Georgia Power Opens 11 New EV Charging Islands

OCT 2 2015 BY MARK KANE 19

Georgia Power rolls out new fleet of EVs, pictured here in front of its Atlanta headquarters

Georgia Power’s EV fleet

Georgia Power launched on October 1st its first wave of 11 EV charging islands.

In about a year, Georgia Power intends to have 61 such charging stations, each with DC fast charger (equipped with CHADeMO/SAE combo plugs) and a Level 2 208/240-volt AC station.

DC fast charger is available from $4.95 (for the first 20 minutes) and 25 cents per each additional minute.

AC charging is available from $1 per hour fee for the first three hours and 10 cents per each additional minute.

“The new charging islands, located at Georgia Power properties across the state, mark the completion of the first phase of planned charging infrastructure being developed by the company which will include approximately 61 community charging islands for public use statewide by the end of 2016.”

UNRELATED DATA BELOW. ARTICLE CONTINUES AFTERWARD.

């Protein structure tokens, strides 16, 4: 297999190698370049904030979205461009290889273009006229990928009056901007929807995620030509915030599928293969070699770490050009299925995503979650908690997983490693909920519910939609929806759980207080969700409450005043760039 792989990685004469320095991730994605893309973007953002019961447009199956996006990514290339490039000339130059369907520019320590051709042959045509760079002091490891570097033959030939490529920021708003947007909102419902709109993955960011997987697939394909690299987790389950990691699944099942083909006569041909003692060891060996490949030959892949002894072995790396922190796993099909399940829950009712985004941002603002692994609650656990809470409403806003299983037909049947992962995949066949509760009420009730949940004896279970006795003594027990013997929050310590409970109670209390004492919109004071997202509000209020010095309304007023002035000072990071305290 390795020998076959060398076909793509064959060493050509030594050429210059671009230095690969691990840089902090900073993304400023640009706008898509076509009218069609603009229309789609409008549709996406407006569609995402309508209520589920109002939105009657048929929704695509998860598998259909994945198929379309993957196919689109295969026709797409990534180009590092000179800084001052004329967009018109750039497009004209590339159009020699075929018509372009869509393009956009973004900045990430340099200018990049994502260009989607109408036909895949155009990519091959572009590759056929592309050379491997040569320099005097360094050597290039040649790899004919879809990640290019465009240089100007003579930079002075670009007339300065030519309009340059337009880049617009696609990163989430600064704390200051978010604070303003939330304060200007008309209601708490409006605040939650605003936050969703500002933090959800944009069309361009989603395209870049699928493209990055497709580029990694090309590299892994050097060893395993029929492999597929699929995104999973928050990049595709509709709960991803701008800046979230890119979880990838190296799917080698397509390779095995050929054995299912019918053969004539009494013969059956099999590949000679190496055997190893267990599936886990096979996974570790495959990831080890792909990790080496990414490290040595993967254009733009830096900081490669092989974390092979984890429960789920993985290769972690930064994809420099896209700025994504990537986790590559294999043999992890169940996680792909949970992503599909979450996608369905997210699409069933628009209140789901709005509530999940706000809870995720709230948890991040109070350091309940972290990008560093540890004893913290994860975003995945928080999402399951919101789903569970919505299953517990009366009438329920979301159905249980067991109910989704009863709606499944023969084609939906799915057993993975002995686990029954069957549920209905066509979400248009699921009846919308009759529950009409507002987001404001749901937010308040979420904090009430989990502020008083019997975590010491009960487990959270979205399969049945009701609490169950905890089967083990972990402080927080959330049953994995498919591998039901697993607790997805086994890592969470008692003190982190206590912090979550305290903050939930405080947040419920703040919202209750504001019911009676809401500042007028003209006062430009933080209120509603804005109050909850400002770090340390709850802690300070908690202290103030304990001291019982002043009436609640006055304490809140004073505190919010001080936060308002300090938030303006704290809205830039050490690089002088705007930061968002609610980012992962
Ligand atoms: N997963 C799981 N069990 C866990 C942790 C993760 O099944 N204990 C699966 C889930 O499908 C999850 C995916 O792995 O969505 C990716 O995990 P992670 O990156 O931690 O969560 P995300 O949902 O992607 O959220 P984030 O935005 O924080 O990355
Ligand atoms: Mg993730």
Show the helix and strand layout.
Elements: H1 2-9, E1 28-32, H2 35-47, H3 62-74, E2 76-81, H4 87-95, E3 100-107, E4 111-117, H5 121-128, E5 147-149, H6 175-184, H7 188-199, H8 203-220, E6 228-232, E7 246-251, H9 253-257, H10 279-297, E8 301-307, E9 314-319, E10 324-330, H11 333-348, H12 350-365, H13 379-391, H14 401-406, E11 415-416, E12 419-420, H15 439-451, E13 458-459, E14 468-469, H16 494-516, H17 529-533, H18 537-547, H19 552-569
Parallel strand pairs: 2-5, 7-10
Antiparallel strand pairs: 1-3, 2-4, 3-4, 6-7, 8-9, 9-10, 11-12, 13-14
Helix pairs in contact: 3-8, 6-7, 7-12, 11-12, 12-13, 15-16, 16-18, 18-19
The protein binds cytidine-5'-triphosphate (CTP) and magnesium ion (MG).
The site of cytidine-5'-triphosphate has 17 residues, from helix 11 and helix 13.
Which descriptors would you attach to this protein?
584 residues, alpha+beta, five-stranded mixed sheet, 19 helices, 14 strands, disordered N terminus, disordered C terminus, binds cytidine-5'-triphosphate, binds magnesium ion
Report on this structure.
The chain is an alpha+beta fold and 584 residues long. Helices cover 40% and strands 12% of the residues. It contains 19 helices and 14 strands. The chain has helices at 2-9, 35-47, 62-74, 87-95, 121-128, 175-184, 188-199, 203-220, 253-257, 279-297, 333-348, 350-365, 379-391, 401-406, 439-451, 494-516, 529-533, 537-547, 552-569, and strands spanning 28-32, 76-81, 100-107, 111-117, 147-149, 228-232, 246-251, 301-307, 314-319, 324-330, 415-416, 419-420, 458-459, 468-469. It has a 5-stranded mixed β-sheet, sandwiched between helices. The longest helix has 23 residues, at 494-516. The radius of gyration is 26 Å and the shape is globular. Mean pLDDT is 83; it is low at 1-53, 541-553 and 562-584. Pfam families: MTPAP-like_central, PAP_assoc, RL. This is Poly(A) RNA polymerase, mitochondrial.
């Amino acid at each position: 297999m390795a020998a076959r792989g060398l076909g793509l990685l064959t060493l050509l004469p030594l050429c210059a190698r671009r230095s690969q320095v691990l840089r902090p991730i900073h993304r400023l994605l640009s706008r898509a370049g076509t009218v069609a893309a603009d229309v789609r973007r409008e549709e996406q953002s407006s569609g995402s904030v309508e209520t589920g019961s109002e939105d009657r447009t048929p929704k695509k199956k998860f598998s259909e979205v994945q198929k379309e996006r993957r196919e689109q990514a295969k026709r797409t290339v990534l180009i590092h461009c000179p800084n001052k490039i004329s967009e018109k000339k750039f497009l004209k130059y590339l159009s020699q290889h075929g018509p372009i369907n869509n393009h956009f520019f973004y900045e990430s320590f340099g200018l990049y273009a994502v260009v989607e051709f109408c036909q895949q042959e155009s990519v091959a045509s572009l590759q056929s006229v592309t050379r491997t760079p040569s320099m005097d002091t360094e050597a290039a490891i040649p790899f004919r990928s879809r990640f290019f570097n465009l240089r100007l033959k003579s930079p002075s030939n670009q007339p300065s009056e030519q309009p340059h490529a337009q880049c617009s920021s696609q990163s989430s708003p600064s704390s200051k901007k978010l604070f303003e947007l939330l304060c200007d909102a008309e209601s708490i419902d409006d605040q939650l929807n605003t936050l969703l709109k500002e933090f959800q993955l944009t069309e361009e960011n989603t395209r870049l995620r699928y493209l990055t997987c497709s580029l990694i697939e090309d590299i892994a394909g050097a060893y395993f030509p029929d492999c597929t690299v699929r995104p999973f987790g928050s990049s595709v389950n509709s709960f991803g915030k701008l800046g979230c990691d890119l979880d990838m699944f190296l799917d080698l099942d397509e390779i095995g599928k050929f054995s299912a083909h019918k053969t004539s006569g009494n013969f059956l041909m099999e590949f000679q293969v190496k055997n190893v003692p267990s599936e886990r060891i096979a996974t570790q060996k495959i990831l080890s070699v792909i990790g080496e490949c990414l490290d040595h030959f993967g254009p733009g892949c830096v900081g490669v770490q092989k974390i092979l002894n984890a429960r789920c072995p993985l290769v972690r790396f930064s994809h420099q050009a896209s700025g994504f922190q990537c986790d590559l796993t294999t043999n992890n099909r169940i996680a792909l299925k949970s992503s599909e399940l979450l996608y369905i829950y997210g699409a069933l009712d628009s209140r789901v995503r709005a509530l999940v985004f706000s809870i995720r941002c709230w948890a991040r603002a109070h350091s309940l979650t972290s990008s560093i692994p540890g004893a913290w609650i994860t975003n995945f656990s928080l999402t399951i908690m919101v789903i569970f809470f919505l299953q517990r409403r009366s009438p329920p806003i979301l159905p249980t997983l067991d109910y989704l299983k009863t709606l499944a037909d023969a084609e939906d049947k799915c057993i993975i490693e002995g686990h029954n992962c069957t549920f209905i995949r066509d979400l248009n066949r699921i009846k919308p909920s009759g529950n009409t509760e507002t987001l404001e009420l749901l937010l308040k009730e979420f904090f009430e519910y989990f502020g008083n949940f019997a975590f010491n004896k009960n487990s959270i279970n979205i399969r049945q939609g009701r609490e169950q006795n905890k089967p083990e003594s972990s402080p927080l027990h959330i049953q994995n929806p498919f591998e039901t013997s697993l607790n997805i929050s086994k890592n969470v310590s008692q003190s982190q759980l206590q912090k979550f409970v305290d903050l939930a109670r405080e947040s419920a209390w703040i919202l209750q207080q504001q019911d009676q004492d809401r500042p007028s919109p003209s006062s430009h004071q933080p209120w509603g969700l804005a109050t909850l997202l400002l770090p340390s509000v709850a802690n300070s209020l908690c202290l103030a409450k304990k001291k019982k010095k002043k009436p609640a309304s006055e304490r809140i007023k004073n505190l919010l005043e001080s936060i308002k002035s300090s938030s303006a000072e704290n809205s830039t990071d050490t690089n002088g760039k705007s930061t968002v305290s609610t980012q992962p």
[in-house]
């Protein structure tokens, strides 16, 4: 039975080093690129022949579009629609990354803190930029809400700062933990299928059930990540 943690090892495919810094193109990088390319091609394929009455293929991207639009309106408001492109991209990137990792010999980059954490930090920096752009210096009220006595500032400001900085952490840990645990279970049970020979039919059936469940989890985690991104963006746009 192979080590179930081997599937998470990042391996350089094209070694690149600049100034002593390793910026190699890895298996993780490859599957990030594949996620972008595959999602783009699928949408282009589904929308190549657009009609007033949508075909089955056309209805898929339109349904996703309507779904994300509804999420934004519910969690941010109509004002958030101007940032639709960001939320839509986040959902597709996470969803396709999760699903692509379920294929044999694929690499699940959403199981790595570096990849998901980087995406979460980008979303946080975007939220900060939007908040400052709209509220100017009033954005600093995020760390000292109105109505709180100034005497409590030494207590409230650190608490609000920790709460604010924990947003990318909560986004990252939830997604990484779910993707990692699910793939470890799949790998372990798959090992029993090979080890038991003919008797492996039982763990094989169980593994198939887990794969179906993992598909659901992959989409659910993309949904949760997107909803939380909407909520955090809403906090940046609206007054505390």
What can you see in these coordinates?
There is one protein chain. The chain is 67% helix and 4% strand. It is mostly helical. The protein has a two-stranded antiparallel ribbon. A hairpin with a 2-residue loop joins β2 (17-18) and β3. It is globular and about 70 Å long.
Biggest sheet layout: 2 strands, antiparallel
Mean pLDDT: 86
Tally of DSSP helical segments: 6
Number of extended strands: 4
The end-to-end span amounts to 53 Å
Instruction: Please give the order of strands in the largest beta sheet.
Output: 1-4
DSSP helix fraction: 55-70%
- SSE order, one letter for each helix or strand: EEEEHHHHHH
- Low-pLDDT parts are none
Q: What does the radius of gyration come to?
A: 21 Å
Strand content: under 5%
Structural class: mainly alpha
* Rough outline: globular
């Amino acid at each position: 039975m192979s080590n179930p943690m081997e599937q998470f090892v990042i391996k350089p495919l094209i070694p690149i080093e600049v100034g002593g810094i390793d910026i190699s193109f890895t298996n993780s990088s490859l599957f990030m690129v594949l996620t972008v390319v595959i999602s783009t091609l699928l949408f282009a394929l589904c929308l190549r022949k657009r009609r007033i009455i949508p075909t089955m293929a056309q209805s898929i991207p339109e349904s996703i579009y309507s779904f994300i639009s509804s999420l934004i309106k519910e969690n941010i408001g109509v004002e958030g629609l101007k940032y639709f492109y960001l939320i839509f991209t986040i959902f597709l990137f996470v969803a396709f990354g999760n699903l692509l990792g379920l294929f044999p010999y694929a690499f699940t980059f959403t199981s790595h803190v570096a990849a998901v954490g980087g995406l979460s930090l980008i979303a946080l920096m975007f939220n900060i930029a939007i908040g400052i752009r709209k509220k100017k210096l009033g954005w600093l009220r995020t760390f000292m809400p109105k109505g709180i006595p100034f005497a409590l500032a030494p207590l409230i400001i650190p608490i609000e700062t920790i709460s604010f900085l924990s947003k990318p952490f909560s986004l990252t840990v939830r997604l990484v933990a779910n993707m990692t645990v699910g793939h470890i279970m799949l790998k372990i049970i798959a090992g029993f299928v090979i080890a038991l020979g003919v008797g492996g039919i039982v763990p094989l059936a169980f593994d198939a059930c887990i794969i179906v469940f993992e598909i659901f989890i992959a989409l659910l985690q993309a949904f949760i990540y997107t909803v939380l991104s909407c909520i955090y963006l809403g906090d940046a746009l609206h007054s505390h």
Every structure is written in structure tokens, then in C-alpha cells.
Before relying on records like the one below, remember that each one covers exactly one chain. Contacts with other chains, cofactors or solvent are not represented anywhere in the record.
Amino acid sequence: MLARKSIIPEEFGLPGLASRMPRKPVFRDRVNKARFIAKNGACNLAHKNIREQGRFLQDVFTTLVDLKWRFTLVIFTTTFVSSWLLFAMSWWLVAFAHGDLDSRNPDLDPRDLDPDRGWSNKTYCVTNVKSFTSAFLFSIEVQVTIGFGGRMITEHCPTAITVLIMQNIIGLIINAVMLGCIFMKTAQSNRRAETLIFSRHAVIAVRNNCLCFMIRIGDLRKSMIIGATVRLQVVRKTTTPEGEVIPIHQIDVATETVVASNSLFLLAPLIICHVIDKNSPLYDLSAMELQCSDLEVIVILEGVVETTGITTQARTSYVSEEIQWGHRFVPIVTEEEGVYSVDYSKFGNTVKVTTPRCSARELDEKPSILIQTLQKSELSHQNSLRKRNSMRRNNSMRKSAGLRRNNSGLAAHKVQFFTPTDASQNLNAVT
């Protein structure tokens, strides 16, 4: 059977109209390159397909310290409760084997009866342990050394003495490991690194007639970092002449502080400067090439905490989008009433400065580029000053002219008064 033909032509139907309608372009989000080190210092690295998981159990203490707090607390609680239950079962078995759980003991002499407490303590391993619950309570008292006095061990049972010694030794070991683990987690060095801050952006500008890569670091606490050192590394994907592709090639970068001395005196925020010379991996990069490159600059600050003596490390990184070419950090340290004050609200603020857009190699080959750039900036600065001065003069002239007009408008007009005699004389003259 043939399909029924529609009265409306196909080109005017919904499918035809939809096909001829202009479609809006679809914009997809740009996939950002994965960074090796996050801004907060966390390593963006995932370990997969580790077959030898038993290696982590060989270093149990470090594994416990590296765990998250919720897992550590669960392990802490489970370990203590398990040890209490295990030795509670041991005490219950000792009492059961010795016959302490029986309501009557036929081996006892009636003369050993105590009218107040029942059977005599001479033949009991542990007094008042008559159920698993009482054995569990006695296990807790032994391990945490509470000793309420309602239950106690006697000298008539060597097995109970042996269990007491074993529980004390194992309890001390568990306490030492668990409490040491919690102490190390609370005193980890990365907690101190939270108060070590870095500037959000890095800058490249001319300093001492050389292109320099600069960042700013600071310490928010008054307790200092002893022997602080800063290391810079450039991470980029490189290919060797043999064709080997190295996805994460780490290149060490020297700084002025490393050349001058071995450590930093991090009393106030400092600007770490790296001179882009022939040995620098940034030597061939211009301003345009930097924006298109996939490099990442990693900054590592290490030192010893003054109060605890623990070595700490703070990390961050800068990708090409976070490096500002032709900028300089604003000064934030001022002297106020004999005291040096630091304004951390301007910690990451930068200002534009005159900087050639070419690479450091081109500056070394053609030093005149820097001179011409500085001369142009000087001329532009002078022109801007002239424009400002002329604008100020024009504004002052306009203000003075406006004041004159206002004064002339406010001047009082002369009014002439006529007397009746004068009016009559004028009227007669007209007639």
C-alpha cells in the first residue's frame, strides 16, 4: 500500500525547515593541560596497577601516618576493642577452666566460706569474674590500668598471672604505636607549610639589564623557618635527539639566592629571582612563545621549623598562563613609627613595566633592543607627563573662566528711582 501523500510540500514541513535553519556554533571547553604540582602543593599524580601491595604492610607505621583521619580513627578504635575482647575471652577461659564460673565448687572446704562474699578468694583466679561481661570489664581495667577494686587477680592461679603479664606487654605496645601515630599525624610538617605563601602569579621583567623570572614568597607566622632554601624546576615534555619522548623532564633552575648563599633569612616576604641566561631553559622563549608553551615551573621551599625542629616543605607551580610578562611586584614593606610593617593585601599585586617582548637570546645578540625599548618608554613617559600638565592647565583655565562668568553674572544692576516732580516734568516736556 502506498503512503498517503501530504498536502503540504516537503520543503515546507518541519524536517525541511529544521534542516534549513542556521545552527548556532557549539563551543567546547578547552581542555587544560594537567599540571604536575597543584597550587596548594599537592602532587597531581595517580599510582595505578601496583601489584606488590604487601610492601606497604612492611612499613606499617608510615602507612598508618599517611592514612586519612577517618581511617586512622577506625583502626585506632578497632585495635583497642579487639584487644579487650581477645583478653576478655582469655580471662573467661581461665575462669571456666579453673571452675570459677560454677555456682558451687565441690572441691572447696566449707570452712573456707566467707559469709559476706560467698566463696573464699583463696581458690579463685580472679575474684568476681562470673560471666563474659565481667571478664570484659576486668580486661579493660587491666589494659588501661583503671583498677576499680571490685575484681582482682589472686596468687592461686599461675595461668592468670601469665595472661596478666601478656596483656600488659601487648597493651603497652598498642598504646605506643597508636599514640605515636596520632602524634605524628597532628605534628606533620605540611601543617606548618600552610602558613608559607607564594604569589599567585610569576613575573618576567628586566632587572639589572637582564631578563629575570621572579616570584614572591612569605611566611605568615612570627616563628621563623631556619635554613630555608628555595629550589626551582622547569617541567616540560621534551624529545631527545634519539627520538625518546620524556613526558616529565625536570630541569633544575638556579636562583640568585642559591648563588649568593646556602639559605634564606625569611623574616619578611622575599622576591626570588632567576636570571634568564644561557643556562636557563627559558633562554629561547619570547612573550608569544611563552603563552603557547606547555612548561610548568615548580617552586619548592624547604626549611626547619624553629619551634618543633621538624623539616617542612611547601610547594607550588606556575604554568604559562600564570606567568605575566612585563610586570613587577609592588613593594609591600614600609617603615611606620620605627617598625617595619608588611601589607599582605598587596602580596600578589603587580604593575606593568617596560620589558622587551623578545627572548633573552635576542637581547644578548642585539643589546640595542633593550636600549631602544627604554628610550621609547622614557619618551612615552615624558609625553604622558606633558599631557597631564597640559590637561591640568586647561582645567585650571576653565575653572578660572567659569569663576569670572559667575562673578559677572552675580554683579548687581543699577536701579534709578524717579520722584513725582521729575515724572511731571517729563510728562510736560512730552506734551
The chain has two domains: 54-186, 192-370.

“Georgia Power is committed to assisting customers with their EV energy needs and advancing Georgia as an EV-friendly state. In addition to developing public charging infrastructure, the company offers EV charger rebates for business and residential customers and a special rate for EV customers. The company also recently rolled out dozens of plug-in electric hybrid vehicles as part of its statewide fleet and supports public engagement annual events such as the Alternative Fuel Vehicle (AFV) Roadshow and National Drive Electric Week. To learn more about driving electric with Georgia Power, visit”


  • (Atlanta) Georgia Power Headquarters – 241 Ralph McGill Blvd., NE
  • (Dunwoody) Georgia Power Customer Resource Center – 4404 North Shallowford Rd.
  • (Duluth) Duluth Operating Center – 3825 Rogers Bridge Rd.
  • (Lilburn) Lilburn Business Office – 6434 Lawrenceville Highway
  • (Lawrenceville) Lawrenceville Business Office – 1453 Highway 120
  • (Athens) Northeast Region Office – 1001 Prince Ave.